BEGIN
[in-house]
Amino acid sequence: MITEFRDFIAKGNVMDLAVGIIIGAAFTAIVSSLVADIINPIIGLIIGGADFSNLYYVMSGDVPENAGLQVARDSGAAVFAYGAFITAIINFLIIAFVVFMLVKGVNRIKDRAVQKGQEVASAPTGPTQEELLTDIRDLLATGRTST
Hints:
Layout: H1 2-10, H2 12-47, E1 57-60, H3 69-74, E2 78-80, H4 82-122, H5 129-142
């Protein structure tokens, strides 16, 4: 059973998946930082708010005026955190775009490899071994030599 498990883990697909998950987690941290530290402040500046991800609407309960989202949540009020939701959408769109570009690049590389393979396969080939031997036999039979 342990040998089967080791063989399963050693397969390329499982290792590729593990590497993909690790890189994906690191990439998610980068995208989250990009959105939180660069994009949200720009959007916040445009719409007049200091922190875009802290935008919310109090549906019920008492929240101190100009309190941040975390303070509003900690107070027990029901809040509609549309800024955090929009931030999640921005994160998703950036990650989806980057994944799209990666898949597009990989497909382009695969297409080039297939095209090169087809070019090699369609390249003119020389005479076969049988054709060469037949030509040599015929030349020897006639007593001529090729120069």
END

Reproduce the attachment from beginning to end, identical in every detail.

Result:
[in-house]
Amino acid sequence: MITEFRDFIAKGNVMDLAVGIIIGAAFTAIVSSLVADIINPIIGLIIGGADFSNLYYVMSGDVPENAGLQVARDSGAAVFAYGAFITAIINFLIIAFVVFMLVKGVNRIKDRAVQKGQEVASAPTGPTQEELLTDIRDLLATGRTST
Hints:
Layout: H1 2-10, H2 12-47, E1 57-60, H3 69-74, E2 78-80, H4 82-122, H5 129-142
């Protein structure tokens, strides 16, 4: 059973998946930082708010005026955190775009490899071994030599 498990883990697909998950987690941290530290402040500046991800609407309960989202949540009020939701959408769109570009690049590389393979396969080939031997036999039979 342990040998089967080791063989399963050693397969390329499982290792590729593990590497993909690790890189994906690191990439998610980068995208989250990009959105939180660069994009949200720009959007916040445009719409007049200091922190875009802290935008919310109090549906019920008492929240101190100009309190941040975390303070509003900690107070027990029901809040509609549309800024955090929009931030999640921005994160998703950036990650989806980057994944799209990666898949597009990989497909382009695969297409080039297939095209090169087809070019090699369609390249003119020389005479076969049988054709060469037949030509040599015929030349020897006639007593001529090729120069």